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The route of administration dictates the immunogenicity of peptide-based cancer vaccines in mice

  • Hussein Sultan
  • Takumi Kumai
  • Toshihiro Nagato
  • Juan Wu
  • Andres M. Salazar
  • Esteban CelisEmail author
Original Article

Abstract

Vaccines consisting of synthetic peptides representing cytotoxic T-lymphocyte (CTL) epitopes have long been considered as a simple and cost-effective approach to treat cancer. However, the efficacy of these vaccines in the clinic in patients with measurable disease remains questionable. We believe that the poor performance of peptide vaccines is due to their inability to generate sufficiently large CTL responses that are required to have a positive impact against established tumors. Peptide vaccines to elicit CTLs in the clinic have routinely been administered in the same manner as vaccines designed to induce antibody responses: injected subcutaneously and in many instances using Freund’s adjuvant. We report here that peptide vaccines and poly-ICLC adjuvant administered via the unconventional intravenous route of immunization generate substantially higher CTL responses as compared to conventional subcutaneous injections, resulting in more successful antitumor effects in mice. Furthermore, amphiphilic antigen constructs such as palmitoylated peptides were shown to be better immunogens than long peptide constructs, which now are in vogue in the clinic. The present findings if translated into the clinical setting could help dissipate the wide-spread skepticism of whether peptide vaccines will ever work to treat cancer.

Keywords

Peptide vaccines Route of injection CD8 T cells Melanoma 

Abbreviations

ACT

Adoptive cell transfer

APC

Antigen-presenting cell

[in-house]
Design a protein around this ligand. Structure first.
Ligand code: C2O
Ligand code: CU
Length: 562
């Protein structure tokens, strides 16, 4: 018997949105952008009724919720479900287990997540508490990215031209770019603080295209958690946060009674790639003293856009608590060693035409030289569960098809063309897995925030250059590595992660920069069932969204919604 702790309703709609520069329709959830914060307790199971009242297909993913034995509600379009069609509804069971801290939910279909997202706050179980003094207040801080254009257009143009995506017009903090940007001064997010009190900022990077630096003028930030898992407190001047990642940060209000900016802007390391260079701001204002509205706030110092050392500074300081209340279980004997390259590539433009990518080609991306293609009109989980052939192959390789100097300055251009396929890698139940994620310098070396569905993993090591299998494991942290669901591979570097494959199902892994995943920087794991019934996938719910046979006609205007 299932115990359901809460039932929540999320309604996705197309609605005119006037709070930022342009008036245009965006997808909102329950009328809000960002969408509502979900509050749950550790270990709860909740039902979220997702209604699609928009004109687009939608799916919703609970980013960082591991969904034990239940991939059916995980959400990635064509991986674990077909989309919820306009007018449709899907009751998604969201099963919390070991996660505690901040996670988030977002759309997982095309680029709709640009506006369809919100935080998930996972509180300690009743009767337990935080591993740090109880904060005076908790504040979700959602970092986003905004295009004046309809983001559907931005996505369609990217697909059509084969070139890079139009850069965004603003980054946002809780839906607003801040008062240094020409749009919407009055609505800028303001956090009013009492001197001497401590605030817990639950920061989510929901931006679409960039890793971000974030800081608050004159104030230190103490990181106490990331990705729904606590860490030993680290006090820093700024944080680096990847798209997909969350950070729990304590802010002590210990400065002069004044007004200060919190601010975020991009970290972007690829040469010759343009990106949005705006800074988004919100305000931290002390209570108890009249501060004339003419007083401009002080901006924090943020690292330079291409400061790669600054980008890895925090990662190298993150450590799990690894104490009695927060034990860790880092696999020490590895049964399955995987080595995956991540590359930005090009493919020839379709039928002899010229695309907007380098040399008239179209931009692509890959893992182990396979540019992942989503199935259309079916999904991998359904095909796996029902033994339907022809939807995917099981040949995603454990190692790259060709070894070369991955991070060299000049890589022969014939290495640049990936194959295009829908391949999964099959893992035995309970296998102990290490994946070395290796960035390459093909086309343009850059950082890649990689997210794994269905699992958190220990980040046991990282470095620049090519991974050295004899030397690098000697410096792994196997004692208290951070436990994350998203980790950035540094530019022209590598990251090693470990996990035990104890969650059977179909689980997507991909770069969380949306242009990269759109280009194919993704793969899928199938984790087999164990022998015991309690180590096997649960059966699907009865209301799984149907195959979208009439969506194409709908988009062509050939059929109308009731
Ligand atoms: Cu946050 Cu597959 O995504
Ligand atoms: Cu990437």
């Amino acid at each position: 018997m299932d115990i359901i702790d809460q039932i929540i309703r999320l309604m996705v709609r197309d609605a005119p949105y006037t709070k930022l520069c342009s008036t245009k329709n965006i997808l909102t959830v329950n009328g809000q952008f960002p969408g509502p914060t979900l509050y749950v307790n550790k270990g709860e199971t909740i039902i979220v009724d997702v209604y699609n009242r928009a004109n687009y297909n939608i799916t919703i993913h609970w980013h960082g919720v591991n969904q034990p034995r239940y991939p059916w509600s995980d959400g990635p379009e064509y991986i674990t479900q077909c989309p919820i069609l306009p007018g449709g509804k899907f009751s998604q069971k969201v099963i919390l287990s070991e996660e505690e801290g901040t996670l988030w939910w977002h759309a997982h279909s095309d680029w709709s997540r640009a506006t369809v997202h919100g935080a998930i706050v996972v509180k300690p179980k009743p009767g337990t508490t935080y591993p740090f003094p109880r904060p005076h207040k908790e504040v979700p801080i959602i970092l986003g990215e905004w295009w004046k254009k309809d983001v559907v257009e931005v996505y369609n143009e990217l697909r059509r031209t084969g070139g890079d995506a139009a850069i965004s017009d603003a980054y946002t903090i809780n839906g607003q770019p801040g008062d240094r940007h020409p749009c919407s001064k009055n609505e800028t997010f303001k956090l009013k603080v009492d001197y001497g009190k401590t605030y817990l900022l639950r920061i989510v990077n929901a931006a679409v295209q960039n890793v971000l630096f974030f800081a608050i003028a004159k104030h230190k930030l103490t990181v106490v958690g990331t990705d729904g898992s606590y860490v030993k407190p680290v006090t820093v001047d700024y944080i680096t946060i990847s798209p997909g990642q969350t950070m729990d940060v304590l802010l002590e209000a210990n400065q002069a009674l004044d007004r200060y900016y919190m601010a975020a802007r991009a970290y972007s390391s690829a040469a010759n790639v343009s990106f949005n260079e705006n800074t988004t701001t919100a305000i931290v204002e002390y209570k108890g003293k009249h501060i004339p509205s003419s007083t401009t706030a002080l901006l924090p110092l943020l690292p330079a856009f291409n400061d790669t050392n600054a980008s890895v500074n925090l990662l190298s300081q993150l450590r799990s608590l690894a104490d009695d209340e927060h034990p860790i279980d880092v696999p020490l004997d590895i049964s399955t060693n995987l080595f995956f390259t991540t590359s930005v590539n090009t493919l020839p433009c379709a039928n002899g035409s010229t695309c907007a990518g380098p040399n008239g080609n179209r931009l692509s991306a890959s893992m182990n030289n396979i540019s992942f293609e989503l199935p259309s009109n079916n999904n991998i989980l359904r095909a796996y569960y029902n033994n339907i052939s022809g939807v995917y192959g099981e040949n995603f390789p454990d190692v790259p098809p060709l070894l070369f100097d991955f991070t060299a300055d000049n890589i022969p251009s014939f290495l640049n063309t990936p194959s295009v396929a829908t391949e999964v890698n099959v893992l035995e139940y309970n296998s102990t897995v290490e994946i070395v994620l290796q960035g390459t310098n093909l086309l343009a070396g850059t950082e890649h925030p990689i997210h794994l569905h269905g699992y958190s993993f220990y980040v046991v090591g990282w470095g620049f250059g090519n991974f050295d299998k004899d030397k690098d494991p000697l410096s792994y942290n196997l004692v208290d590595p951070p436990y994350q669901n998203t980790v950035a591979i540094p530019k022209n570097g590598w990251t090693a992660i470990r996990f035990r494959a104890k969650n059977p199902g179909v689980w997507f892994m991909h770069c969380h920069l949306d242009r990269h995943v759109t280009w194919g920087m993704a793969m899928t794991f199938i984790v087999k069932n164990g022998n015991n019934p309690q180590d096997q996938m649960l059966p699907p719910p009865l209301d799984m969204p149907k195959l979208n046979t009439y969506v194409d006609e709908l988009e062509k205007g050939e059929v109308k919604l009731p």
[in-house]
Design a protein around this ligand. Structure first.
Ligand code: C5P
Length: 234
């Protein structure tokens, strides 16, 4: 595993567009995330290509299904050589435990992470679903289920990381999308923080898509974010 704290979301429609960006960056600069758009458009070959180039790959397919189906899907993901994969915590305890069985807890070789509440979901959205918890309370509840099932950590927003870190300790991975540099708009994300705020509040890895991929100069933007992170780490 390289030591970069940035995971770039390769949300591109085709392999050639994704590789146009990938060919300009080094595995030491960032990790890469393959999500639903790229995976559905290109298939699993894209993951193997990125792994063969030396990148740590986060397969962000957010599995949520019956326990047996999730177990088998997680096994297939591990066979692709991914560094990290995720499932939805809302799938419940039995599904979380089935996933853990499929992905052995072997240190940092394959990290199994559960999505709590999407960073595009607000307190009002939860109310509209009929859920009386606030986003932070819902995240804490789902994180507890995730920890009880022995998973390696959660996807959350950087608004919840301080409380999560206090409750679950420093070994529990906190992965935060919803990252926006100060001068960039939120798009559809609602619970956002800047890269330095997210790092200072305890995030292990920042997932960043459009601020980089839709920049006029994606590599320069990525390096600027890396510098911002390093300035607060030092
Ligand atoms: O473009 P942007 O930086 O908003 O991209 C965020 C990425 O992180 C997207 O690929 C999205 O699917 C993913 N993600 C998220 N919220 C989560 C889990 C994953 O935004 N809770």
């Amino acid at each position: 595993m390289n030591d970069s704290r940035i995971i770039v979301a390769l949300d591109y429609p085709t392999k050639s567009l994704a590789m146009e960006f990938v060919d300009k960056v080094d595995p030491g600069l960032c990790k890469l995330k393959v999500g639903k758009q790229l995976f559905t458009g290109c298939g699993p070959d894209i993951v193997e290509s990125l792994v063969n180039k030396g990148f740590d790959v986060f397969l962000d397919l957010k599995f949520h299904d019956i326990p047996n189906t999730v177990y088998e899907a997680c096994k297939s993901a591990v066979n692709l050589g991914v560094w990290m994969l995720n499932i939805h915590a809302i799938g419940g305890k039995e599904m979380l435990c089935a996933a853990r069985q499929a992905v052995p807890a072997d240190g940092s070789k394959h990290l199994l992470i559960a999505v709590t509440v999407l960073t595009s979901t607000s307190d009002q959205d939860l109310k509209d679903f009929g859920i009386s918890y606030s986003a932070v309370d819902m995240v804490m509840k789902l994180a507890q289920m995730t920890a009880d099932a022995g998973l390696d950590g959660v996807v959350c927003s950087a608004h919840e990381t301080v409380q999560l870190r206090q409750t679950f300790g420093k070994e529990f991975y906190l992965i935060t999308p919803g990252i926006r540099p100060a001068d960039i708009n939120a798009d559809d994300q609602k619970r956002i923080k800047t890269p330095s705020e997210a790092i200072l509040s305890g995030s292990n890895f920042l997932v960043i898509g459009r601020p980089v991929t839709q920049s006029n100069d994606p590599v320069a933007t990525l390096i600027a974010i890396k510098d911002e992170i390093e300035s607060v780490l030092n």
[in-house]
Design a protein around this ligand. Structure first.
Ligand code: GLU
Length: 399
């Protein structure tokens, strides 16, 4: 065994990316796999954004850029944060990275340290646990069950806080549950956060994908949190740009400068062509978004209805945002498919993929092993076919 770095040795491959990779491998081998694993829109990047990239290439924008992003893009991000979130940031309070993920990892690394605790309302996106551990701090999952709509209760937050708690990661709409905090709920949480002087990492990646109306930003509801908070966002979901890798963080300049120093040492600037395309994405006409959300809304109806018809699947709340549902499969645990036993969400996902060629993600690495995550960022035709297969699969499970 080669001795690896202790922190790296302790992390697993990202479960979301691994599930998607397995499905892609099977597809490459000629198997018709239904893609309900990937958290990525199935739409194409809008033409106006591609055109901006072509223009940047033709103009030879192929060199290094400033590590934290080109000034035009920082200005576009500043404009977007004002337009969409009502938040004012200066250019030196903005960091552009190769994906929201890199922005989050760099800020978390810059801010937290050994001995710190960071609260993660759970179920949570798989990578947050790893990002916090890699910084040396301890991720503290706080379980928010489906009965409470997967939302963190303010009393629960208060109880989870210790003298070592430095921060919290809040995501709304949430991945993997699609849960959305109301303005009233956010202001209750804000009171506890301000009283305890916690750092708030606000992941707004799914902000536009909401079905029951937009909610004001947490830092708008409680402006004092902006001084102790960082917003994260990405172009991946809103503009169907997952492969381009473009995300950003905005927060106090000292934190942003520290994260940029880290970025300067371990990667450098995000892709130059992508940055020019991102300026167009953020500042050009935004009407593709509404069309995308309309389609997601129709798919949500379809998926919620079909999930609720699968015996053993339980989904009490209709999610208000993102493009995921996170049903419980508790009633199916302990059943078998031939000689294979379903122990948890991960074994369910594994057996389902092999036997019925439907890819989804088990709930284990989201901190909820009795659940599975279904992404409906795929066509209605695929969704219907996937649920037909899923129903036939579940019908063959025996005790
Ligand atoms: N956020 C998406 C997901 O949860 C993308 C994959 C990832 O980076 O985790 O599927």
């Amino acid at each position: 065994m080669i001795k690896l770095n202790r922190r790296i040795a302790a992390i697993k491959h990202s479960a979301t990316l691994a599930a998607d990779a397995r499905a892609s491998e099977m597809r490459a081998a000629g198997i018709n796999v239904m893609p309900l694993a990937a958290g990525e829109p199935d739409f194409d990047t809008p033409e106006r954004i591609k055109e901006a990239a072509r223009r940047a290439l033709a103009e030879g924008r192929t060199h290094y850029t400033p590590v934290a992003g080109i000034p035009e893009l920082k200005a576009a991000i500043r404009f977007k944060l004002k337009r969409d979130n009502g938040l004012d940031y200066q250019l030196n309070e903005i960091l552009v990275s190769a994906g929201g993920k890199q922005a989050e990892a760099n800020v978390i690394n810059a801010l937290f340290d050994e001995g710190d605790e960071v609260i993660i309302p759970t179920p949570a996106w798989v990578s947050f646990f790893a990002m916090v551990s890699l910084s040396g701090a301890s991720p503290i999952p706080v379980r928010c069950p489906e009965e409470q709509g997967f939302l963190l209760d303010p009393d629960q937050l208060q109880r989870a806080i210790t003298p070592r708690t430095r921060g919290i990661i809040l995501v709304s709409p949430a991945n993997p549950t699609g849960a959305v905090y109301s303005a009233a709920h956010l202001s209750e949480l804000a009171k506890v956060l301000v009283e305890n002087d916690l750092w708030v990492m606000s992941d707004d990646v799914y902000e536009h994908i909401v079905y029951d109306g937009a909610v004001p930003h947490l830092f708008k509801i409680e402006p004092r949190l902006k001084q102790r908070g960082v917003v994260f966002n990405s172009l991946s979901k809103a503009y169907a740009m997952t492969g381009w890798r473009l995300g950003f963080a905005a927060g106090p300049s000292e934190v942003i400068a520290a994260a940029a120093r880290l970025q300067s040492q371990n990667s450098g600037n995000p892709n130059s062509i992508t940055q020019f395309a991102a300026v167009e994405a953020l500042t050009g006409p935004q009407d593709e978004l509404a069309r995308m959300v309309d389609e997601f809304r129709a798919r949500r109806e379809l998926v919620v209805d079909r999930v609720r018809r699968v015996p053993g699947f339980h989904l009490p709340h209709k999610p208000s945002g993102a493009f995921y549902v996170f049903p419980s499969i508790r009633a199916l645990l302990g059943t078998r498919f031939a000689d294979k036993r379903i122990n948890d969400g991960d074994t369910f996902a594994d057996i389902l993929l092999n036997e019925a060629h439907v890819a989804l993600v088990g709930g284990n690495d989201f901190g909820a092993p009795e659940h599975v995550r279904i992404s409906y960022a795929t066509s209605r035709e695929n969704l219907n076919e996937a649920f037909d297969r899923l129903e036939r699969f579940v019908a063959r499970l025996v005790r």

CTL

Cytotoxic T lymphocyte

ICIs

Immune checkpoint inhibitors

IFA

Incomplete Freund’s adjuvant

KO

Knockout

LP

Long peptide

mAb

Monoclonal antibody

MDA5

Melanoma differentiation-associated protein 5

MHC-I

MHC class I

MHC-II

MHC class II

pam

Palmitoylated

poly-IC

Polyinosinic–polycytidylic acid

poly-ICLC

Poly-IC stabilized with poly-lysine and carboxymethyl cellulose

TAA

Tumor-associated antigen

TCR

T-cell receptor for antigen

TLR3

Toll-like receptor 3

Trp1

Tyrosinase-related protein 1

WT

Wild type

Notes

Author contributions

HS, TK, TN, and JW performed research and analyzed the data. EC designed, supervised, and analyzed the experiments and wrote the manuscript. AMS provided reagents and discussed results.

Funding

This work was supported by National Cancer Institute Grant R01CA157303 and by start-up funds from Augusta University, Georgia Cancer Center and the Georgia Research Alliance (GRA).

Compliance with ethical standards

Conflict of interest

Andres M. Salazar is President and CEO of Oncovir, Inc. and is developing poly-ICLC (Hiltonol ™) for the clinic. Esteban Celis is a consultant for Oncovir, Inc. and has filed patent applications based on the use of synthetic peptides and poly-IC combinatorial vaccines. The rights of the patent applications have been transferred to the Moffitt Cancer Center (Tampa, FL). Other authors declare no conflict of interest.

Animal sources and statement on the welfare of animals

C57BL/6 (WT-B6) and B6-Ly5.1 (CD45.1) mice were purchased from the National Cancer Institute (Wilmington, MA). TnTR1 TCR-transnuclear, pmel-1 and Trp1-KO mice were bred at the Georgia Cancer Center animal facility. All procedures performed in the experiments involving animals were in accordance with the ethical standards of the Augusta University Institutional Animal Care and Use Committee, where all the studies were conducted (Protocol No. 2013-0598, approved on 11/21/2016).

Cell authentication

The B16F10 murine melanoma cell line was obtained from the American Type Culture Collection.

Supplementary material

262_2018_2294_MOESM1_ESM.pdf (334 kb)
Supplementary material 1 (PDF 334 KB)

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Copyright information

© Springer-Verlag GmbH Germany, part of Springer Nature 2019

Authors and Affiliations

  1. 1.Cancer Immunology, Inflammation and Tolerance ProgramGeorgia Cancer Center, Augusta UniversityAugustaUSA
  2. 2.Department of Otolaryngology-Head and Neck SurgeryAsahikawa Medical UniversityAsahikawaJapan
  3. 3.Department of Innovative Head and Neck Cancer Research and Treatment (IHNCRT)Asahikawa Medical UniversityAsahikawaJapan
  4. 4.Department of PathologyAsahikawa Medical UniversityAsahikawaJapan
  5. 5.Oncovir, Inc.Washington, DCUSA
  6. 6.Washington University School of MedicineSaint LouisUSA

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